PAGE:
She said energy prices are expected to stay high for longer, with gas prices already up 52% since the start of the year and oil prices up 64%.
Pressure on food inflation is also likely to increase.
Russia and Ukraine account for nearly 30% of global wheat exports, while Belarus and Russia produce about a third of the world's potash, a key ingredient in fertilizer production, exacerbating supply shortages.
“Global manufacturing bottlenecks in certain sectors are likely to persist,” he said.
Russia is the world's leading exporter of palladium, which is key to the production of catalytic converters, while Ukraine supplies around 70% of the world's neon gas, essential for the manufacture of semiconductors.
"As the euro zone is a net importer of energy, rising energy prices mean a loss of purchasing power for consumers," Lagarde said.
She said households are becoming more pessimistic and could cut spending further.
"Consumer confidence this month has fallen to its lowest level since May 2020 and is well below its long-term average."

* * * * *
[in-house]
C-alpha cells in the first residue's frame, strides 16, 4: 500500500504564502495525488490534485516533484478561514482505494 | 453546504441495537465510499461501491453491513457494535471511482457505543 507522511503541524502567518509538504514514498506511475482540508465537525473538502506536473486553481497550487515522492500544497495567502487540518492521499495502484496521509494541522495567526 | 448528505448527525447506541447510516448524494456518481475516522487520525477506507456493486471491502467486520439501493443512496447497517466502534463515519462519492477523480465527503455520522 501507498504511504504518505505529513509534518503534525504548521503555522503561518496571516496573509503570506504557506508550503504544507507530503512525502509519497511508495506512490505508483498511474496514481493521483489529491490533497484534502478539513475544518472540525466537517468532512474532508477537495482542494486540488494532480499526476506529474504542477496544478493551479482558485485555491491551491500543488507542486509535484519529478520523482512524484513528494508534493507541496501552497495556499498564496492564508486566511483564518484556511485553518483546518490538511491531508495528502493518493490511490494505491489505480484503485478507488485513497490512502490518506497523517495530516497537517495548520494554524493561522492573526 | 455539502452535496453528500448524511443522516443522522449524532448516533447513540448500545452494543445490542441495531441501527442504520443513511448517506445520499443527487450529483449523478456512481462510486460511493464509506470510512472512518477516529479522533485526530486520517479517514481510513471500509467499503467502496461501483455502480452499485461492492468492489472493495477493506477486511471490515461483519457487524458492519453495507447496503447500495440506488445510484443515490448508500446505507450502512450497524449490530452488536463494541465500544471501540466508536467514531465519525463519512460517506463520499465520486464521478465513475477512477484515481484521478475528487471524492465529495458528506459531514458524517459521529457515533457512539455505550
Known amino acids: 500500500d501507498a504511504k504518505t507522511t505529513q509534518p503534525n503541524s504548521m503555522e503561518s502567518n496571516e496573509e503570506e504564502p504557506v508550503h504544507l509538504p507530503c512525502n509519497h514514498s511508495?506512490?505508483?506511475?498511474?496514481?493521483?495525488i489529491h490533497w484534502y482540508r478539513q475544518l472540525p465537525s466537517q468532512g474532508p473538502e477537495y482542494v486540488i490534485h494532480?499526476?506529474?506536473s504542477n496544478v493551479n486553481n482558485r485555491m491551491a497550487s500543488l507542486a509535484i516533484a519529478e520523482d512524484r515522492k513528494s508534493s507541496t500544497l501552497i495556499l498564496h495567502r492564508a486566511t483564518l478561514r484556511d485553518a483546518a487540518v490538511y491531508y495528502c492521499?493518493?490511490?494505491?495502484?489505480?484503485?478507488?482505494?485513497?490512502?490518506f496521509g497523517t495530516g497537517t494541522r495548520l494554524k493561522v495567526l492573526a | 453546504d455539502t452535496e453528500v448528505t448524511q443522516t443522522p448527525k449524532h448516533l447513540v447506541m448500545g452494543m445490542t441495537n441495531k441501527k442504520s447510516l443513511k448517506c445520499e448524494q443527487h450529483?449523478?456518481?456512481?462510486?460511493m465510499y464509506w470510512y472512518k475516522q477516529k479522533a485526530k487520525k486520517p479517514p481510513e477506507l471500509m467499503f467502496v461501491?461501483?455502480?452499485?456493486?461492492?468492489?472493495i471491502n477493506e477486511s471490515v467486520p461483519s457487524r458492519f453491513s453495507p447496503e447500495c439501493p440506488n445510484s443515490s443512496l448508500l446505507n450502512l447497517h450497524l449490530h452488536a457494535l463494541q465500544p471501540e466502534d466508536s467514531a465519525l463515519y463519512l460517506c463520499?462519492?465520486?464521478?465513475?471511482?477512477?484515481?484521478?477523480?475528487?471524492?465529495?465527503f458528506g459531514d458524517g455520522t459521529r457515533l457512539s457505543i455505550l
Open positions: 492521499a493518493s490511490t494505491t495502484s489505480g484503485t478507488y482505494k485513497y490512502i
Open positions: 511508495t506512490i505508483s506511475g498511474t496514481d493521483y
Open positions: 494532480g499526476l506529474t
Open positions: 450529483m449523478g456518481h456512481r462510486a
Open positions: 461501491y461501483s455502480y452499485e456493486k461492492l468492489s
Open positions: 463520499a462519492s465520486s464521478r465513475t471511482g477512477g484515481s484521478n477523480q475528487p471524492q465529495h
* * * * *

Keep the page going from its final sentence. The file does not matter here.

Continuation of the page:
Lagarde said that the levels of inflation and the slowdown in growth will depend on how the conflict and Russian sanctions evolve.
"Clearly, the longer the war lasts, the greater the economic costs and the greater the likelihood that we will end up in more adverse scenarios."
The ECB chief said the Ukraine war had highlighted "deep strategic vulnerabilities in our trade and security relations, which we can only address by being more united."
Brussels has announced ambitious targets, such as doubling Europe's global market share for semiconductor production to 20% by 2030.
Last week, European leaders agreed to reduce demand for Russian fossil fuels and bolster energy security by diversifying supplies of liquefied natural gas (LNG) and investing more in clean energy.
Lagarde said Europe is entering a "difficult phase" in the short term with higher inflation and slower growth.